Author Cory Doctorow Talks Tech, Trotsky, What He's Reading, and Why He's Giving Away His Books For Free

Categories: Literary

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Courtesy of Cory Doctorow
Cory Doctorow, is a man of many faces. The Canadian-born science fiction author, is also a technology activist, journalist, and blogger. He is the co-founder of an open source peer-to-peer software company called OpenCola, and has worked as an activist and later the director for the Electronic Frontier Foundation before leaving to pursue writing full-time in 2006. Most of all, he is a man you should know about.

Doctorow released his first novel, "Down and Out in the Magic Kingdom" (and subsequent novels) under a Creative Commons license, which allows readers to download the book for free.

Cory Doctorow will discuss his work at Changing Hands Bookstore in Tempe this Sunday, February 10 at 2 p.m. and "Hackers + Activism: Aaron Swartz, Anonymous and the Ethics of Digital Community" at the Walter Cronkite School of Journalism and Mass Communication in downtown Phoenix on Monday, February 11 from 10:30 a.m. to noon.

See also:
- Sutra Midtown's Rebecca Fritz on Finding Time to Read What's Next on Her Book List
- Phoenix Comic Con Kicks Off Its Annual Badge Art Contest

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Doctorow operates at a level that far surpasses ours, but we're sure you'll be able to keep up amidst the scope of literary and technology brain-porn that Doctorow offers. We could have picked his brain on technology, books, and our nation's freedom for hours, but alas he is a New York Times' best-selling author, and doesn't have that much time. So we settled for half an hour.

I read online that you described your parents as "techno-utopians" and "quasi-doctrinaire Trotskyist school teachers." Can you explain what you mean?

My parents are Trotskyists, and my dad is a computer scientist, and both of them are involved in technology and education and I think both of them believe that technology generally makes things better.

And you agree?

I think that there isn't a future without more technology in it, and if the people who care about making things better decide to abandon technology, all that means is that the only people using technology to get an edge are the people who want to make things worse.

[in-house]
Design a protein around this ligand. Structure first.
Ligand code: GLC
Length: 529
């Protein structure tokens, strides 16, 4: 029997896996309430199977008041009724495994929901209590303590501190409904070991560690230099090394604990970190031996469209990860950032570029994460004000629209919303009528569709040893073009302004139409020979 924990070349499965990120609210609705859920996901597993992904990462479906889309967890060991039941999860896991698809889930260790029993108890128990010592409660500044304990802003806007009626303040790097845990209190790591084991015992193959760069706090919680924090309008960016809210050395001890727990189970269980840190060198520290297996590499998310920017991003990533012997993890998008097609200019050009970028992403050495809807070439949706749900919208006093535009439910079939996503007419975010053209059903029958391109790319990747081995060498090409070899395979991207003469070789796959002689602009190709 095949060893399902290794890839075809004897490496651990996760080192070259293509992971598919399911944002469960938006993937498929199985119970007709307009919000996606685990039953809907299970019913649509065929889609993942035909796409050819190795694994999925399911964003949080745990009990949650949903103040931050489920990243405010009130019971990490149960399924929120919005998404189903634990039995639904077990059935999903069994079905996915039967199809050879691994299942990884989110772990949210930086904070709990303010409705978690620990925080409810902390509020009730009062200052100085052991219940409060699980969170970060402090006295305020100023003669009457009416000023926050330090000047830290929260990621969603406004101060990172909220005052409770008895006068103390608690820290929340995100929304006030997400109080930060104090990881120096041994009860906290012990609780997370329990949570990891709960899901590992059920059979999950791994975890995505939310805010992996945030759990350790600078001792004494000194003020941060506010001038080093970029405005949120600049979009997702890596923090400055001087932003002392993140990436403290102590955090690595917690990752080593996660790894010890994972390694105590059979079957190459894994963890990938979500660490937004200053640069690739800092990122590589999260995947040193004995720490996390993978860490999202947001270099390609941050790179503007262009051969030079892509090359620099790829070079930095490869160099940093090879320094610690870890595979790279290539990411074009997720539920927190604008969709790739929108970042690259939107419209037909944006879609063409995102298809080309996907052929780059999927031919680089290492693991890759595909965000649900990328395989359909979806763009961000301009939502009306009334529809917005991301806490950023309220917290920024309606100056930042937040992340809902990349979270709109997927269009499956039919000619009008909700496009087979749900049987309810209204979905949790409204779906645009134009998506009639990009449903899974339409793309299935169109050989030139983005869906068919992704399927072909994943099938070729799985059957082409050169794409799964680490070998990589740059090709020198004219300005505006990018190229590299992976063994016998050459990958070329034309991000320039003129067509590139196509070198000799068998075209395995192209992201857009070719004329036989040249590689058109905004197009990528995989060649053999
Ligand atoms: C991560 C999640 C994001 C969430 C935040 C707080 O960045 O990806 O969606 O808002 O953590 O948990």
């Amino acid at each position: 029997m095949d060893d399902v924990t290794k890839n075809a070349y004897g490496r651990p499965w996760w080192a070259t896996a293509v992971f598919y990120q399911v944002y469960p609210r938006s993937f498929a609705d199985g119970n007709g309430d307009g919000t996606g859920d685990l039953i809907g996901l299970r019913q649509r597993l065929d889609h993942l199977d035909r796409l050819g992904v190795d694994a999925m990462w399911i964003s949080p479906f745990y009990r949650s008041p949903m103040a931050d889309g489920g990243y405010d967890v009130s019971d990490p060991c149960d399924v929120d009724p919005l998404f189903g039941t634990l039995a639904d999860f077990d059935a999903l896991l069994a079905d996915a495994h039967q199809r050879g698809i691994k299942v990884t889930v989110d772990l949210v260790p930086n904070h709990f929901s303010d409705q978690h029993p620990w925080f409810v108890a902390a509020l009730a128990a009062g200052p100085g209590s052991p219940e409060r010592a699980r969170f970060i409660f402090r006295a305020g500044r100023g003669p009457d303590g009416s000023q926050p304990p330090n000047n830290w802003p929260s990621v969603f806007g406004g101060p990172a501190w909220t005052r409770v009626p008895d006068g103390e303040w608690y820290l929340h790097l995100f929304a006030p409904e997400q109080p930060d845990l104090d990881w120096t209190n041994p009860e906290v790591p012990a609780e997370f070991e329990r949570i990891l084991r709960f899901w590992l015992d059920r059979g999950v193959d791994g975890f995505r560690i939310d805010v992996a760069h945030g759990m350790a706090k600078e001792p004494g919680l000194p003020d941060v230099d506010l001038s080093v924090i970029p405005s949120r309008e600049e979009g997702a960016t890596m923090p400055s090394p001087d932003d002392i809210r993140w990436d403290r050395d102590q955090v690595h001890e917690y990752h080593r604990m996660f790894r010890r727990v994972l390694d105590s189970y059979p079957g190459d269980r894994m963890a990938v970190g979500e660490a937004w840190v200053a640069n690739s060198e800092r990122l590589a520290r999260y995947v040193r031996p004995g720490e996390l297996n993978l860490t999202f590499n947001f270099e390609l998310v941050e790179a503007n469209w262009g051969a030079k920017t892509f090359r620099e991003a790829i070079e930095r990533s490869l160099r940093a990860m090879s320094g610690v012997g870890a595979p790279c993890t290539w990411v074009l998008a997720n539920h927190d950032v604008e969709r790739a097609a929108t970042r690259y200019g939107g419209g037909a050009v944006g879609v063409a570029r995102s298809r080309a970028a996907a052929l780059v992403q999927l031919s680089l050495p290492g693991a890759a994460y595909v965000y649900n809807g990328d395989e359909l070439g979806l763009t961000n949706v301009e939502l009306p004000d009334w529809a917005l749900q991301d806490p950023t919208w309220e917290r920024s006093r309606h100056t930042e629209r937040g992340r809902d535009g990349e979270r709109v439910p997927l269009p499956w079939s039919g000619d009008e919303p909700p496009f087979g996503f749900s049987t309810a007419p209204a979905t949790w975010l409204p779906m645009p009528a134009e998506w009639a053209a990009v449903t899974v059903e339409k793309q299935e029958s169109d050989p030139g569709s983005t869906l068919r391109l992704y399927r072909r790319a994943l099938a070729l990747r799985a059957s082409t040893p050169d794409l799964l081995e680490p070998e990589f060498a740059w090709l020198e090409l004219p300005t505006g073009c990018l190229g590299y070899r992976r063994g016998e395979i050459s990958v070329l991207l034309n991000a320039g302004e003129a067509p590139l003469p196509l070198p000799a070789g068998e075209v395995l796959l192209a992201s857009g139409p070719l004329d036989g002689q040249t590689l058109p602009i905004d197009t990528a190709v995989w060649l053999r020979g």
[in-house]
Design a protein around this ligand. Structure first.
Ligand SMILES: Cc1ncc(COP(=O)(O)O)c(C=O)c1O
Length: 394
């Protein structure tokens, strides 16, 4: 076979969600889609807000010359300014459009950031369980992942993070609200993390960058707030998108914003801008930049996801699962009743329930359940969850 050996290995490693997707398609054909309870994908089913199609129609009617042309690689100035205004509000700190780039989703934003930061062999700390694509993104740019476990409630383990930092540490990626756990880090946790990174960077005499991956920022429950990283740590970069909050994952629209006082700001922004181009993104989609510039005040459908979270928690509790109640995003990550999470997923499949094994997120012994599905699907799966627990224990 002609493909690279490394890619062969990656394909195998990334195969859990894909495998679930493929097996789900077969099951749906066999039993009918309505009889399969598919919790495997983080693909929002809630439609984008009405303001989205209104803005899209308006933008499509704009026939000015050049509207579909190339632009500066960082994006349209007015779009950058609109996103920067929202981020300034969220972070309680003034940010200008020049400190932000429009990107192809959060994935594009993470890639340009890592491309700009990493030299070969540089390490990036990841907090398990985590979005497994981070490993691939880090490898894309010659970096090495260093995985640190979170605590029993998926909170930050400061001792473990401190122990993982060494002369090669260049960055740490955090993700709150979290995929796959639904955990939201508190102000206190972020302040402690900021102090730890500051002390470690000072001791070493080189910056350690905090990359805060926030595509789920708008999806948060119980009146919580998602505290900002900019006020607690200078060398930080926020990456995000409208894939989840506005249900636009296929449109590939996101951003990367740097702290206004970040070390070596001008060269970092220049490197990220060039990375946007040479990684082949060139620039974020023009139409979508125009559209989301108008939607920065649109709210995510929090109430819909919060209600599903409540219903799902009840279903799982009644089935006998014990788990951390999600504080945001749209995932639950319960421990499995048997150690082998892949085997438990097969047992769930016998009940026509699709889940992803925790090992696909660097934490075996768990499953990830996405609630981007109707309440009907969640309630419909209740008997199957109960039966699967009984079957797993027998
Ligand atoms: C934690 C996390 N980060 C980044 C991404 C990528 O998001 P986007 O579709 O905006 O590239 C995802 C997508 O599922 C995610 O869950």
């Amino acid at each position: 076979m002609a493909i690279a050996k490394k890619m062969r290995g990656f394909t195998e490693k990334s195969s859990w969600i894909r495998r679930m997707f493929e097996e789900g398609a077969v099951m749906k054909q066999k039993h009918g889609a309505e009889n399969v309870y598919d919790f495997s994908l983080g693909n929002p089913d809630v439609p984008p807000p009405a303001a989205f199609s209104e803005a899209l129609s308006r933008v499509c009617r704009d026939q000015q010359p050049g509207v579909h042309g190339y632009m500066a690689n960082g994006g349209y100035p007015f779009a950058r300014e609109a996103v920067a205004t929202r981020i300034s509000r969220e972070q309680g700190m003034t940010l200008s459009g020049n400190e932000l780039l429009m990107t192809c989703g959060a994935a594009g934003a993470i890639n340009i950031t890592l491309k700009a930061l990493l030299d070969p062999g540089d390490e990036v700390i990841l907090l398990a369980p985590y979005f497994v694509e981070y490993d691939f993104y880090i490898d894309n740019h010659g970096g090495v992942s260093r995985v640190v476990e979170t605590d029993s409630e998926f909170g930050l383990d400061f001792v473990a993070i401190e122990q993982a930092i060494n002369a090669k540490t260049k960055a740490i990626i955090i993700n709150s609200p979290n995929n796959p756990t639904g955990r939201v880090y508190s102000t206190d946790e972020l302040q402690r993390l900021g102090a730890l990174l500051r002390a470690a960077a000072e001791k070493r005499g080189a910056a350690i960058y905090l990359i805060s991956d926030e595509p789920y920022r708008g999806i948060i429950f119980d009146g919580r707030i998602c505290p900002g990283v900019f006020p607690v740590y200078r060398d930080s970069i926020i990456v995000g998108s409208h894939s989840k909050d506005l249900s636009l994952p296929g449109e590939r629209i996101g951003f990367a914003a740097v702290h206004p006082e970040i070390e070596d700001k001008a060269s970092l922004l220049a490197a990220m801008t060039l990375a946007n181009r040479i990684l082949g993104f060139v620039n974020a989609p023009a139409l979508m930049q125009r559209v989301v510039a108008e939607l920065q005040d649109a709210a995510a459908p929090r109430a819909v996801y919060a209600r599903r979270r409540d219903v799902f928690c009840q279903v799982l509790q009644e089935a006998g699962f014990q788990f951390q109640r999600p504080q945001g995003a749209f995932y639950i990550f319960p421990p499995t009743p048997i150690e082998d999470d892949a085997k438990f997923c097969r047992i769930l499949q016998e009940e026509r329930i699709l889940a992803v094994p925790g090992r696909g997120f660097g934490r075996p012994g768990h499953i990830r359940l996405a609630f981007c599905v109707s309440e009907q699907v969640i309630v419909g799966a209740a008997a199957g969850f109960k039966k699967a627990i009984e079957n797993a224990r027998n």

What came first, your passion for science or writing?

I think they were both pretty simultaneous, I wrote my first story when I was six and that was around the same time that I was getting interested in science.

You are a big supporter of freedom in technology law as well as copyright laws. What does that mean exactly and why is it important to you?

Well I'm not at all interested in the freedom of information, but I am very interested in how technology makes people freer. For example, I think that when states fund research into science and pay to figure out how the world works that it's in our interest for everyone to be able to read those truths that are determined by our state funding.

I think that your networks are better when they give you the websites that you ask for, and not the websites that are most profitable. If a cable company wants to put high speed internet in, but make it very hard for you to download from services that compete with its video demand service by slowing them down and speeding up its own video demand, or putting a quota on your downloads but not including their video on demand in your quota, then that's not good for you. Because you want the things you click on, not the things that are most profitable for them. It's like bringing up the local corner pizzeria and being told that the phone company's decided not to connect you because Domino's is paying them more. And I think that our devices need to be designed to do what we ask them to.

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